SINGAPORE – After having to postpone their wedding twice since last year due to Covid-19, a bride-to-be and her fiancé were all geared up for their big day on Saturday (May 8).
But everything changed on Tuesday night, after restrictions on weddings and solemnisations were tightened amid a spike in Covid-19 cases in the community.
The 29-year-old bride-to-be, who wanted to be known only as Ms Yong, said she was “totally devastated” by the news.
She said: “We were so close to the date, I thought everything would be fine. I feel really upset and frustrated at the government but yet I feel guilty for feeling this way because I know they’re trying to control the community cases before the festivities.”
Like Ms Yong, many couples who planned to get married this month had to scramble to come up with back-up plans after the capacity for marriage solemnisations and wedding receptions was reduced to 50 people without the need for pre-event testing (PET), down from the previous limit of 100.
The new regulations kick in on Saturday and, for the couples, a number of unfavourable options loom such as reducing the number of guests by half without PET.
Those who decide to stick to the original guest list will have to convince guests to go for PET, or fork out the extra cost to pay for the tests.
Ms Yong felt she had no option – having to get all her guests to go through PET or narrowing down the guest list by half in just a few days was impossible.
Unable to bear an additional hefty $6,000 price tag for the tests, Ms Yong and her fiance pulled off the mammoth task of pushing her wedding forward by a day, which saw her calling up guests and re-arranging logistics such as vendors and photographers – all within a span of two days.
Some couples like Ms Yong view postponing the wedding as not an option or only as a last resort due to the logistics involved coupled with the uncertainty of the Covid-19 situation.
Ms Yong said: “Postponing the wedding and having to rearrange all the logistics, like my makeup artist, the vendors and the hotel’s availability is just too hard because we don’t know what the Covid-19 situation will be like in the future. I don’t think I can wait any longer.”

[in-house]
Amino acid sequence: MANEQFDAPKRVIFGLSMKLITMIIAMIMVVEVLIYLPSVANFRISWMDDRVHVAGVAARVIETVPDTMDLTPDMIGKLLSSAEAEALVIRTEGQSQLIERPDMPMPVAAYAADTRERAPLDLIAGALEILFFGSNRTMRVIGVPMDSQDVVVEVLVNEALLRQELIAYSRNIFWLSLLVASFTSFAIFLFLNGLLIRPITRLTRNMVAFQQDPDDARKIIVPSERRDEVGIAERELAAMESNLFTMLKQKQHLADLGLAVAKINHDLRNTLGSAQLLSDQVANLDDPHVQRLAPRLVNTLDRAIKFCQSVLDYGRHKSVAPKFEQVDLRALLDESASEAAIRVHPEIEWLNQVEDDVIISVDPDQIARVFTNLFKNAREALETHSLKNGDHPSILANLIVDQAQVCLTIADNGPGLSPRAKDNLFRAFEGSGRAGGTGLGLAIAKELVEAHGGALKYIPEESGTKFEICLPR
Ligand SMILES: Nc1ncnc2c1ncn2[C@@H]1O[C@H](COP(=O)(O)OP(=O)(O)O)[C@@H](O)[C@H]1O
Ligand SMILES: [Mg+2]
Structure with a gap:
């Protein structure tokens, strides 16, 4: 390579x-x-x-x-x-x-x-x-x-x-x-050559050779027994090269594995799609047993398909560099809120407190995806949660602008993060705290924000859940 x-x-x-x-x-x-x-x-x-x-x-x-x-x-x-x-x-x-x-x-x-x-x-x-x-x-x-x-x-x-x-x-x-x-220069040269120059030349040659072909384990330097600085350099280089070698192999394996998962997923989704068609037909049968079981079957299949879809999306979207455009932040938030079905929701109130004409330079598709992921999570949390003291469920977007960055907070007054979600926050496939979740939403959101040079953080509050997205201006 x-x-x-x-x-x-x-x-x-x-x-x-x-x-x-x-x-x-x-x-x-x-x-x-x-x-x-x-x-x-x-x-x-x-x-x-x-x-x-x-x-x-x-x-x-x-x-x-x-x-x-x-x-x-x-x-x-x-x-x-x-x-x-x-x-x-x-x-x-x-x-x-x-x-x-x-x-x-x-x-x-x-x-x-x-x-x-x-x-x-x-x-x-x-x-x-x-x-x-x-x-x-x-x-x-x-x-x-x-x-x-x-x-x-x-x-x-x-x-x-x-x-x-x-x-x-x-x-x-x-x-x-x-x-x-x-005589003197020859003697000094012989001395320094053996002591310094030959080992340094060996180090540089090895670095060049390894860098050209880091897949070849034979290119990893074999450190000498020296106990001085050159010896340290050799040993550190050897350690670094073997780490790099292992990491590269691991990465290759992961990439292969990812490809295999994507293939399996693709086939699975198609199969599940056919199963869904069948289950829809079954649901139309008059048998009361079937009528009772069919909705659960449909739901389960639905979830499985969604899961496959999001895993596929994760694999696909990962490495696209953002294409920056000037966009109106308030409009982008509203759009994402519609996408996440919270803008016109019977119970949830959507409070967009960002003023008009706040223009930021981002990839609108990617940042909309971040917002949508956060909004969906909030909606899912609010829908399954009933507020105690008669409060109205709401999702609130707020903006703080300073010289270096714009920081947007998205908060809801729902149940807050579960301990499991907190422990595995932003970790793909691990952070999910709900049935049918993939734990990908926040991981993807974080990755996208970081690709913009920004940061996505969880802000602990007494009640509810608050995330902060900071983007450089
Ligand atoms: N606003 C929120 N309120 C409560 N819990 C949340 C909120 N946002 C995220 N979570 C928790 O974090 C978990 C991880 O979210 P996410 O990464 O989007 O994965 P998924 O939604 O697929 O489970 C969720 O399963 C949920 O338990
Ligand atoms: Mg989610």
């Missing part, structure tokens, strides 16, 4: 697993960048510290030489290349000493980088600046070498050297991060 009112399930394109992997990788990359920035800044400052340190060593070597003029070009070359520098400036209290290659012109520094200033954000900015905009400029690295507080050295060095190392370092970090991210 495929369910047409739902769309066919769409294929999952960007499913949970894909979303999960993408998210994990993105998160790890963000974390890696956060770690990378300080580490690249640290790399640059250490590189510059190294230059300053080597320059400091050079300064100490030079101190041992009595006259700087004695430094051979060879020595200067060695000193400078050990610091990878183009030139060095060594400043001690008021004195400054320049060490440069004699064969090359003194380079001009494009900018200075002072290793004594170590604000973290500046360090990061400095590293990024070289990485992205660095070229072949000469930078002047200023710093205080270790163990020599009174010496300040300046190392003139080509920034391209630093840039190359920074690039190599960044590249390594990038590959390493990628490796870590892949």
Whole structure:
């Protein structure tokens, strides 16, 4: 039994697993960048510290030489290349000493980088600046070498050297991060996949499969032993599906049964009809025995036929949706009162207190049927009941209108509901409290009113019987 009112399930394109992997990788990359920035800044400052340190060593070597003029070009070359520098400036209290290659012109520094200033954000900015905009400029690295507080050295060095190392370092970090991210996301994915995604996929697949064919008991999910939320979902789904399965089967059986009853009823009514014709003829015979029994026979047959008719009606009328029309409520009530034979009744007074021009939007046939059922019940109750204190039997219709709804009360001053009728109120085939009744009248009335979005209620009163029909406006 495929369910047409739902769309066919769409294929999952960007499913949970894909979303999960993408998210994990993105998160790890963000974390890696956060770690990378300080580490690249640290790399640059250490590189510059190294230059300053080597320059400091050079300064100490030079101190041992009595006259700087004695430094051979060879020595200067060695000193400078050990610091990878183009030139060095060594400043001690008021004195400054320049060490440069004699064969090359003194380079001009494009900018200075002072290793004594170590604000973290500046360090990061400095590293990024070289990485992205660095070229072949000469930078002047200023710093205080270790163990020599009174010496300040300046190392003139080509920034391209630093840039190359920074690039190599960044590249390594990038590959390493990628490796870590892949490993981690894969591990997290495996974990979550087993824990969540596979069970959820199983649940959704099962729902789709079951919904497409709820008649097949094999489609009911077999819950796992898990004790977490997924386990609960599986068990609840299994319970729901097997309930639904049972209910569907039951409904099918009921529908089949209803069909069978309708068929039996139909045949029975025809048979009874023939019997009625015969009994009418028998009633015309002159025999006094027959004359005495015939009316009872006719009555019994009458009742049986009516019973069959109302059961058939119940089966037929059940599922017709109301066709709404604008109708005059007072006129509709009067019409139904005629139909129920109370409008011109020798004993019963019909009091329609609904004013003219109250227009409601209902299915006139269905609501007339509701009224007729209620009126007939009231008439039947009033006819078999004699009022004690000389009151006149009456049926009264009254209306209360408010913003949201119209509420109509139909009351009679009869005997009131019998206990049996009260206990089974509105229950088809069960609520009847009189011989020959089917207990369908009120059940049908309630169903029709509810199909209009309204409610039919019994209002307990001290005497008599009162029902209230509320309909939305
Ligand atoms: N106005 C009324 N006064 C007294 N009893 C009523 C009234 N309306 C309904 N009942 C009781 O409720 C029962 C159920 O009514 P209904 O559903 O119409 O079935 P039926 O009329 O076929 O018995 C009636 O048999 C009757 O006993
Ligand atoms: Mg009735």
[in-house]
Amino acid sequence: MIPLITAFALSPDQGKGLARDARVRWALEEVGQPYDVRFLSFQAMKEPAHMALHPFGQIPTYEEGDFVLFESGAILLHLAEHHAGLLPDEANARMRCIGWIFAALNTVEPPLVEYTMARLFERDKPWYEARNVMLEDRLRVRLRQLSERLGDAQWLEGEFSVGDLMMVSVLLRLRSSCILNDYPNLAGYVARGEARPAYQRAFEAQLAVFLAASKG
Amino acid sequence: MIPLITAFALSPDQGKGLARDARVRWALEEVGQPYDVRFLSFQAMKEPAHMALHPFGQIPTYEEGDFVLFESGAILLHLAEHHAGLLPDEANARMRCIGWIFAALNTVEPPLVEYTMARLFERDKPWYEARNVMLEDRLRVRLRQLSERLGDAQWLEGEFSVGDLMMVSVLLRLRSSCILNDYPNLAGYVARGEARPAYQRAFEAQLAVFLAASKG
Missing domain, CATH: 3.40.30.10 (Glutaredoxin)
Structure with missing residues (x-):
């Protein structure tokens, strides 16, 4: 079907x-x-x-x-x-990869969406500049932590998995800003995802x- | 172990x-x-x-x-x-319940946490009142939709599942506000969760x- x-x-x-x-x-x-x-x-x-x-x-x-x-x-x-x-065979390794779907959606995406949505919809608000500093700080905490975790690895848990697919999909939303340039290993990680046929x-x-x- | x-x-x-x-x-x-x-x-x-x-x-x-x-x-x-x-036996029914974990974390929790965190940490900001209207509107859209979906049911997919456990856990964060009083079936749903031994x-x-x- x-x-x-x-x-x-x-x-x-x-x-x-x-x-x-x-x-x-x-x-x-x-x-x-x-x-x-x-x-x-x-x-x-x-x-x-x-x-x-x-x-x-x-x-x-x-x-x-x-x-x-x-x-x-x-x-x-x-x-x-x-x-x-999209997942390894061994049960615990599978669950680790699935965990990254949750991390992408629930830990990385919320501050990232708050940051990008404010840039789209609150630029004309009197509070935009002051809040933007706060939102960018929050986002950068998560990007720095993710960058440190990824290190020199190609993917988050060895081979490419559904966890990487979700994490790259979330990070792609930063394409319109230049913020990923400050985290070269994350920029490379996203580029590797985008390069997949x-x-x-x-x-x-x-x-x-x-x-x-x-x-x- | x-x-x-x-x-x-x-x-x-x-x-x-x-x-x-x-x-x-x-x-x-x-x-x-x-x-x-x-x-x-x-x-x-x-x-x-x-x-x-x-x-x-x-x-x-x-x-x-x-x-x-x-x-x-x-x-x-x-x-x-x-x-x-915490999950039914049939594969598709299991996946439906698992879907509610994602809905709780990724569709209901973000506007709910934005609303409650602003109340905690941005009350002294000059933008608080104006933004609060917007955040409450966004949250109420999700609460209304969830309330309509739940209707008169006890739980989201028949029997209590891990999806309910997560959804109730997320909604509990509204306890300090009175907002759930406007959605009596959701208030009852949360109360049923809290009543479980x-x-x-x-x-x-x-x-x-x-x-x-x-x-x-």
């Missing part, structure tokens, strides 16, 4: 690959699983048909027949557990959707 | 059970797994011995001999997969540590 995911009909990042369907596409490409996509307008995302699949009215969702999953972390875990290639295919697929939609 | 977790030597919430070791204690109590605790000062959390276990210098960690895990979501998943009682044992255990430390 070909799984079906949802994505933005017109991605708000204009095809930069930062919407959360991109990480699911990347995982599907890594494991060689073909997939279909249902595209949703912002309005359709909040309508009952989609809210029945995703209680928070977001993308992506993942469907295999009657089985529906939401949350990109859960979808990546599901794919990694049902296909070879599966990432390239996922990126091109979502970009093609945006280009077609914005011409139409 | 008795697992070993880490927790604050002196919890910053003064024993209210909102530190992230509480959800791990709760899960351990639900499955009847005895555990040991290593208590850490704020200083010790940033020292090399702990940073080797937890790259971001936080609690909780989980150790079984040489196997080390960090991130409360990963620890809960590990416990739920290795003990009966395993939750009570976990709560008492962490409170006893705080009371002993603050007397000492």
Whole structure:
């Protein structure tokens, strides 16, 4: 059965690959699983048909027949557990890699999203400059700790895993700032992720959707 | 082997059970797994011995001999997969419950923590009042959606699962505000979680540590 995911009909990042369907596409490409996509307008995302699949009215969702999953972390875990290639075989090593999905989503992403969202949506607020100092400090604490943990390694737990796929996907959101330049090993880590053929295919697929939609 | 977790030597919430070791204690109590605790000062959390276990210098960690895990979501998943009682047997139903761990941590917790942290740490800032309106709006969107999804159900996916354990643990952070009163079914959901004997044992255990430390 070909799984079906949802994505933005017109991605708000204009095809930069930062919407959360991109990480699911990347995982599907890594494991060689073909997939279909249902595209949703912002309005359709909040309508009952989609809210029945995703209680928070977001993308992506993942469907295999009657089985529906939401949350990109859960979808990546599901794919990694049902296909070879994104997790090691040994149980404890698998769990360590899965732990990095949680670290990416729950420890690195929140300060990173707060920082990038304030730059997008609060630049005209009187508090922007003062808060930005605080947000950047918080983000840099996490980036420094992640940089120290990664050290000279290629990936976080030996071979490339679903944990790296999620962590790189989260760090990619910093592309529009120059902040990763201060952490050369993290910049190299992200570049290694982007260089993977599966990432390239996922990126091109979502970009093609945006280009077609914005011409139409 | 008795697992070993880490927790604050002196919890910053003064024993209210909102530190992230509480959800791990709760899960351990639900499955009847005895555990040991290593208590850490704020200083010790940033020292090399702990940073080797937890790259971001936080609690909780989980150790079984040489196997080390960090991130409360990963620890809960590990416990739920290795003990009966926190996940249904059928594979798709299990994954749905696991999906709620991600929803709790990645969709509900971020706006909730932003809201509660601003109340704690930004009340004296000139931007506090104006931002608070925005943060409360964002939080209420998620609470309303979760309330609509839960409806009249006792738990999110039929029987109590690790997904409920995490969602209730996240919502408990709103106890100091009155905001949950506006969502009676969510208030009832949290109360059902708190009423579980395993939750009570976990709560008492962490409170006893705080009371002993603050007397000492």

Ms Nithiyakamala, who will be getting married on May 16, had a million things racing through her mind when she first heard the news, including how much more the wedding would cost or which guest to remove from the reception.
The 31-year-old patient service associate, who goes by only one name, found herself frantically calling up guests to ask if they would be keen to get tested.
Ms Nithiyakamala said: “I’m very frustrated at the short runway that we have to work with and it has been very stressful for us. Many of our guests have already bought their outfits and booked makeup artists for the big day.”
The majority of her guests found it too troublesome to take a PET or were unwilling to pay for it, which led to a reduction in the guest list to 50 people, a painful decision that cost her two of her bridesmaids.
Ms Nithiyakamala said: “It was very difficult for me to make this decision because you would want these important people to be there for you on your wedding day. But it is very hard to accommodate so many people as my fiancé has a huge family. I’m grateful that my friends and family are supportive of our decision.”
Another bride-to-be, Ms Sarah Cheong, remains in a dilemma.
She said: “I was trying to hold it together but later that night I broke down. It felt like we were at the final stretch, after getting through the worst like circuit breaker, but now there’s this new curveball thrown at us.”
Ms Cheong, 31, an engineer, said she and her fiance are now considering their options as their big day on May 22 draws closer.
They are torn on whether to cut down the guest list, or even considering postponing the wedding as they anticipate that some guests may not be comfortable with the idea of taking the test.
Ms Cheong said: “This is supposed to be a happy occasion but with all this uncertainty, you just can’t enjoy the process. It seems like there are multiple mountains we have to climb just to get married during Covid-19.”
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